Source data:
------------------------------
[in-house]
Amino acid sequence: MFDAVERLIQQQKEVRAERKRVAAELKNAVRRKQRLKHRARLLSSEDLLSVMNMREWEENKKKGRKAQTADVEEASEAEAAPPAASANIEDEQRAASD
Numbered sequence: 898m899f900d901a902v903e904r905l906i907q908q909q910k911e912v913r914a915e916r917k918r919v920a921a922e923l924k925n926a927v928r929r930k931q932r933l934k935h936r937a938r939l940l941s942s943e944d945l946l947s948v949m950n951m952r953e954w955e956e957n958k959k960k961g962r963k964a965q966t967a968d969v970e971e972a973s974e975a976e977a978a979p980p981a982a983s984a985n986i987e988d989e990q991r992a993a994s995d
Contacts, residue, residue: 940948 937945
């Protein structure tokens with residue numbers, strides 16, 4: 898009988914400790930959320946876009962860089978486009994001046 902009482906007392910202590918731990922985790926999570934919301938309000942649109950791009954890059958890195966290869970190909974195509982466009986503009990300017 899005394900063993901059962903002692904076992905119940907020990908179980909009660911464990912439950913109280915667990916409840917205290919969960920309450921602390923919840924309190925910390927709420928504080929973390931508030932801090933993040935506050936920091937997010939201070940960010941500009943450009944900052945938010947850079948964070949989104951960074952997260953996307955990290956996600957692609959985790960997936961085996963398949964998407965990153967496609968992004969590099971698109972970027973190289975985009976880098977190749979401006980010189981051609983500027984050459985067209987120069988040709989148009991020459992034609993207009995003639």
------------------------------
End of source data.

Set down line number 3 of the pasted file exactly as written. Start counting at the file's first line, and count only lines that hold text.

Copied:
Numbered sequence: 898m899f900d901a902v903e904r905l906i907q908q909q910k911e912v913r914a915e916r917k918r919v920a921a922e923l924k925n926a927v928r929r930k931q932r933l934k935h936r937a938r939l940l941s942s943e944d945l946l947s948v949m950n951m952r953e954w955e956e957n958k959k960k961g962r963k964a965q966t967a968d969v970e971e972a973s974e975a976e977a978a979p980p981a982a983s984a985n986i987e988d989e990q991r992a993a994s995d